Friday, July 13, 2012

How to Select a Good Shooting Instructor

I found these thoughts from the Vuurwapen Blog very rational and well stated.  Keep in mind, this is written by a guy who served in the Marines.  I agree with the sentiment, when you take a shooting class you should be focused on learning how to shoot better.  The instructor that can best do that is the right one for you.  Who that is and what sort of class depends entirely on your experience and skill.

I've taken basic shooting classes and tactical classes.  I've found value in both.  However, if I had taken a tactical class when I was a new shooter it wouldn't have done me any good.  I both needed to have mastered the basics and developed solid shooting habits before a class like that could be of value.

Last month I attended a class where the total round count for one day was something like 600.  This was a pistol and carbine course, and I have reasonable pistol and carbine skills.  If I hadn't already has experience with moving and shooting, performing reloads under pressure and clearing jams, I would not have gotten much out of the course because I'd be focusing on those things.  I needed to already have those things mastered to be able to learn the new things they were teaching.

Next month I'm planning on taking a basic shotgun course where the round count will be less than 40.  Over 8 hours.  That's a lot of classroom time and running drills with unloaded shotguns.  It's the appropriate level for me because I don't have any practical experience with shotguns.  Throwing a bunch of shot downrange isn't going to improve my skill right now.  If I instead signed up for a more involved shotgun course I wouldn't get the most out of it because I hadn't mastered the basics.  I'd be struggling with tactical reloads while the rest of the class already had that down and was working on other skills.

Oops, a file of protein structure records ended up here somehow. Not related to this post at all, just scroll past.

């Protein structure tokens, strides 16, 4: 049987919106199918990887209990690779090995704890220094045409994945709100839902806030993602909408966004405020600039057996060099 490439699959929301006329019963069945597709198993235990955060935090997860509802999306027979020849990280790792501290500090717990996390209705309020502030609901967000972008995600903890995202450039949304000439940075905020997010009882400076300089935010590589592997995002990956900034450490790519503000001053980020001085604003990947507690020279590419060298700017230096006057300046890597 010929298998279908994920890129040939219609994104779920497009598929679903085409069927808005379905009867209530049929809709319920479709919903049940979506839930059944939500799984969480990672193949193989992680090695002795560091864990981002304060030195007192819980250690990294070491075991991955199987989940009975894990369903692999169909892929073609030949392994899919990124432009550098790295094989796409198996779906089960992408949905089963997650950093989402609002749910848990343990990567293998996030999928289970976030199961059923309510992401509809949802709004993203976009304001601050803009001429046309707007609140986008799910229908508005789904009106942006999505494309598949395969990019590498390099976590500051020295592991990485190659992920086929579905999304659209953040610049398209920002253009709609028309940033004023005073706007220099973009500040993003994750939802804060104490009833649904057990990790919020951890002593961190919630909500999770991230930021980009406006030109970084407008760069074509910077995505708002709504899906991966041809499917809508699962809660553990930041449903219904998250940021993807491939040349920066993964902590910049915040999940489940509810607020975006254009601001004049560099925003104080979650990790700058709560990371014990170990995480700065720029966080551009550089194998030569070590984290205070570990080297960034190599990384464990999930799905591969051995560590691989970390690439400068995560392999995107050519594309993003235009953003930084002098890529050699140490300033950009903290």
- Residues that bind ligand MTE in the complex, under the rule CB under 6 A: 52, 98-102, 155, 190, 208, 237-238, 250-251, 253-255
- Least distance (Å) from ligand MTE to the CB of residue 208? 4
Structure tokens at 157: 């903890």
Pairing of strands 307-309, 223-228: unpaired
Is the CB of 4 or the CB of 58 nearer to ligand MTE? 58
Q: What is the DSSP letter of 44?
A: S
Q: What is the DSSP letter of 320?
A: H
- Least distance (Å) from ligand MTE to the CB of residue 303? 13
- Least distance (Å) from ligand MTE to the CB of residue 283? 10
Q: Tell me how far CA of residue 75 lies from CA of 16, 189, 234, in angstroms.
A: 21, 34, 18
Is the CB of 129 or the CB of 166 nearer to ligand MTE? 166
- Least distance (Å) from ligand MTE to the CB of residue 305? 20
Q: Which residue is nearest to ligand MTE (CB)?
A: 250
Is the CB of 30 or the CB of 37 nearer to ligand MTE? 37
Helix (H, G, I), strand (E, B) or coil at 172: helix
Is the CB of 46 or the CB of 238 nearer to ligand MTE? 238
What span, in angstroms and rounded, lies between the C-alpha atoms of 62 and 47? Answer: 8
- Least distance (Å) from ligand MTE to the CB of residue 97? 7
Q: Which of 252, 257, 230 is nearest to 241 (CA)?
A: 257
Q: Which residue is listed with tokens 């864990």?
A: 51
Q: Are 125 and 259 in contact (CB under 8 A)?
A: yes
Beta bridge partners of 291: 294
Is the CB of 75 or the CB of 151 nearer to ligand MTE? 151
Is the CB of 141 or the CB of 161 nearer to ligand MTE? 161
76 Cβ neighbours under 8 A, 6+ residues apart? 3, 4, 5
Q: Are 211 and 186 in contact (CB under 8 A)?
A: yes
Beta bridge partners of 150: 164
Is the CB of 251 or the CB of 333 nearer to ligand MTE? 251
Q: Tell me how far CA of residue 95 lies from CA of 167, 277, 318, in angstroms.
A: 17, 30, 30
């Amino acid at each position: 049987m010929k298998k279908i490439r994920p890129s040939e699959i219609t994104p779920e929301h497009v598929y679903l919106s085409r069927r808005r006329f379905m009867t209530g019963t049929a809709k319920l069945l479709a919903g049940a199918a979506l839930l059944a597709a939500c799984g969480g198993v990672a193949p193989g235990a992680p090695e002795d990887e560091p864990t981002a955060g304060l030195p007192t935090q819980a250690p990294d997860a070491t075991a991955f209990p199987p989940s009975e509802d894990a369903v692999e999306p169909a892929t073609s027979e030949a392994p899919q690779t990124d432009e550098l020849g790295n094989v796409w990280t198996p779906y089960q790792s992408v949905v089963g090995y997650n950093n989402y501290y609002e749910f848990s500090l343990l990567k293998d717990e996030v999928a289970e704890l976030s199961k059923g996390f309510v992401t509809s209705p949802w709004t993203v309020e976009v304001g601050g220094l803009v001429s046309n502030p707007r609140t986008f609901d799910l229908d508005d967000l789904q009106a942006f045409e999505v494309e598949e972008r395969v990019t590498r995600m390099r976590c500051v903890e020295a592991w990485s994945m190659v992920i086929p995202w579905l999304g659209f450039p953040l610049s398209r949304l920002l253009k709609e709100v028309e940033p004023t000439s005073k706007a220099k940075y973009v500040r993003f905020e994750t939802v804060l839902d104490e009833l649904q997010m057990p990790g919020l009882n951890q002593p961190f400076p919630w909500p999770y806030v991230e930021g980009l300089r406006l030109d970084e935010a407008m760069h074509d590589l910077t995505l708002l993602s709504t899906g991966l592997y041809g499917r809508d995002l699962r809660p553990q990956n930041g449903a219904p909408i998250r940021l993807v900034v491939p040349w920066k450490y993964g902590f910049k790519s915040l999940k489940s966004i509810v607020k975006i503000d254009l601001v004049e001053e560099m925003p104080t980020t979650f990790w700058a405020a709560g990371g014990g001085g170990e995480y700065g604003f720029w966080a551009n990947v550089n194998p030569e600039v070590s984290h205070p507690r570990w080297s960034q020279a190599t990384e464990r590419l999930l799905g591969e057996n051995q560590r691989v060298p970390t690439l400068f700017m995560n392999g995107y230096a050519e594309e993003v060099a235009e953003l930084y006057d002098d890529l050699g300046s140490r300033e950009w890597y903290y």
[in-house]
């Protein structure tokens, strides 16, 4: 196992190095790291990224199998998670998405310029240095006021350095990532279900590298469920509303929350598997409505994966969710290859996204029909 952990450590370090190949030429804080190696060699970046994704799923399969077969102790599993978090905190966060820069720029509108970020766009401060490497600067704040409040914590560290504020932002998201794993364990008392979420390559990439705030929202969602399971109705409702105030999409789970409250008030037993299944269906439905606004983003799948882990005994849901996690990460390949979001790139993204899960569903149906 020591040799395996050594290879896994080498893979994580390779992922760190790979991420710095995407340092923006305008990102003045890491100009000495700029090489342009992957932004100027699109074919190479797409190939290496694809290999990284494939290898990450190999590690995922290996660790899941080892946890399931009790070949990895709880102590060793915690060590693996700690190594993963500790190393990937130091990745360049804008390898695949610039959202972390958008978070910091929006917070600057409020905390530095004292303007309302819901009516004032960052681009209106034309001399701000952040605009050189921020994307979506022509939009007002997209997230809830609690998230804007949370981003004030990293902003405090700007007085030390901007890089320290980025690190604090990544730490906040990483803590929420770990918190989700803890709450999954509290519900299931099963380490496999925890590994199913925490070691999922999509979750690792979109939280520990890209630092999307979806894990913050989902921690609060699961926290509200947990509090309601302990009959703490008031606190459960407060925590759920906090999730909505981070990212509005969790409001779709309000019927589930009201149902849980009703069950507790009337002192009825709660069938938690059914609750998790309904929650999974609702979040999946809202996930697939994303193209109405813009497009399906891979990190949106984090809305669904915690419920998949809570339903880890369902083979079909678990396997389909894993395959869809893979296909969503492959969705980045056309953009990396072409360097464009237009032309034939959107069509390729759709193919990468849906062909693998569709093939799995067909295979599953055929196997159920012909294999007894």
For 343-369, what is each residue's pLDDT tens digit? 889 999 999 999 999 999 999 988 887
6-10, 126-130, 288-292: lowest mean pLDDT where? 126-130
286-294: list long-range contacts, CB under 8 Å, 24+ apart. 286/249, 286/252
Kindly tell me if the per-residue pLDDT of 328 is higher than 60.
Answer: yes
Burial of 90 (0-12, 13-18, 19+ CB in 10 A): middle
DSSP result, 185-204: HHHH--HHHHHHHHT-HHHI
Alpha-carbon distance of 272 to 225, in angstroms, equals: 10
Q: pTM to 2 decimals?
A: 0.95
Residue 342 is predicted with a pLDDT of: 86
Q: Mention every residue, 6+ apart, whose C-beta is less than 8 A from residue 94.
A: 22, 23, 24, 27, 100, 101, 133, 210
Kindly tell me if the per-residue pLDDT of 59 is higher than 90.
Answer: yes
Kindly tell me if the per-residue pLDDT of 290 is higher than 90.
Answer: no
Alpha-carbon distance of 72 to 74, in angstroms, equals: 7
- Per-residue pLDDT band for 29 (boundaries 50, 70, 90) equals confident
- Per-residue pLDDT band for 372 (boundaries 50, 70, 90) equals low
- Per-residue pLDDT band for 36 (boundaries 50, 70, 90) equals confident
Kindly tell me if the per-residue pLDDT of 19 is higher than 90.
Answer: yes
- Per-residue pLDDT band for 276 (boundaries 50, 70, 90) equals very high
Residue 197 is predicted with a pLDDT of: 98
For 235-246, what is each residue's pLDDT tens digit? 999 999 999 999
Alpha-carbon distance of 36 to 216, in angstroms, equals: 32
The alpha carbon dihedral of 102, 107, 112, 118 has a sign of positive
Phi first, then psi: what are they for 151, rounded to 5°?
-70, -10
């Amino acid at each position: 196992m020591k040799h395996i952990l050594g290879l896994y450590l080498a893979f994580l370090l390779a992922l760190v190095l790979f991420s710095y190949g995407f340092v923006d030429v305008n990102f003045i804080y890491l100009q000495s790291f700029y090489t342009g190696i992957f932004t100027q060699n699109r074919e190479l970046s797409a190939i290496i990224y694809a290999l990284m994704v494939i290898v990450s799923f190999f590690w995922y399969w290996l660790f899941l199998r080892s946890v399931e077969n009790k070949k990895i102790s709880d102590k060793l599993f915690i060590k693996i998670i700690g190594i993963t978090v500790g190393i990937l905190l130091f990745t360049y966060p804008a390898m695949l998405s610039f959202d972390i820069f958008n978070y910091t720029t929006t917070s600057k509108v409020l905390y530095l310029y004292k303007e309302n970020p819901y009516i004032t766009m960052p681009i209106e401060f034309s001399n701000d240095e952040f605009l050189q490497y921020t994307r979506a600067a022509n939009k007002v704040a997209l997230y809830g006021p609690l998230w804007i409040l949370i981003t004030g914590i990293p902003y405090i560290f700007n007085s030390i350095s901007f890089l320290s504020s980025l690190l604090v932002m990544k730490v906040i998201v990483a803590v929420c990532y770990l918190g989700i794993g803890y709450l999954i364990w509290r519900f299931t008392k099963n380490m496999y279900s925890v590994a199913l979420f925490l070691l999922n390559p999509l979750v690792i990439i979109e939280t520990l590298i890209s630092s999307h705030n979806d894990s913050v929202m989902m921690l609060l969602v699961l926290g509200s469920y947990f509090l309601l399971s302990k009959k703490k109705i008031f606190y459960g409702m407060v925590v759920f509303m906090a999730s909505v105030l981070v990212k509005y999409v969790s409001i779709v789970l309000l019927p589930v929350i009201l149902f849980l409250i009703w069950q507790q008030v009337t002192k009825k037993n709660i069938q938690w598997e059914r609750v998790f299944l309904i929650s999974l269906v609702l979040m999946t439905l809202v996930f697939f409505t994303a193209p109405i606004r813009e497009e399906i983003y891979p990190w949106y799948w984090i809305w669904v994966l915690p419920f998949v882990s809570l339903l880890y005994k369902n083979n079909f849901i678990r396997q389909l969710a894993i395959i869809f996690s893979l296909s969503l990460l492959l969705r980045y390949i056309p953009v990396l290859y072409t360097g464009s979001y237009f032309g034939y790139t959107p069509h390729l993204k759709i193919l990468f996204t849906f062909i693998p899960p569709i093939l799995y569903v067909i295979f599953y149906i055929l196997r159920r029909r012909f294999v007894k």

I guess my point is to not be wowed by somebody with super bad-ass credentials.  They may have served two tours in the sandbox and have been a squad leader with 50 engagements under their belt.  But being very good at war and being a good instructor are two different skills.  Some people have both and some people don't.  I have great respect for the guy who served his country with distinction.  I also have great respect for the people, both civilian and military, who are good firearms instructors.  The second person is who you want as an instructor.

For basic classes I recommend the NRA courses, they have a good instructor training program and are widely available.

Two outfits I can recommend based on personal experience for more advanced courses are Milcopp Tactical and Movement to Contact Tactical.  Don't judge either by their website- these guys are very good trainers, not webmasters.  A slick website only tells you how much money or time a company puts into web development, not how good they are at their business.  It's easy to forget this today.

Good luck out there!

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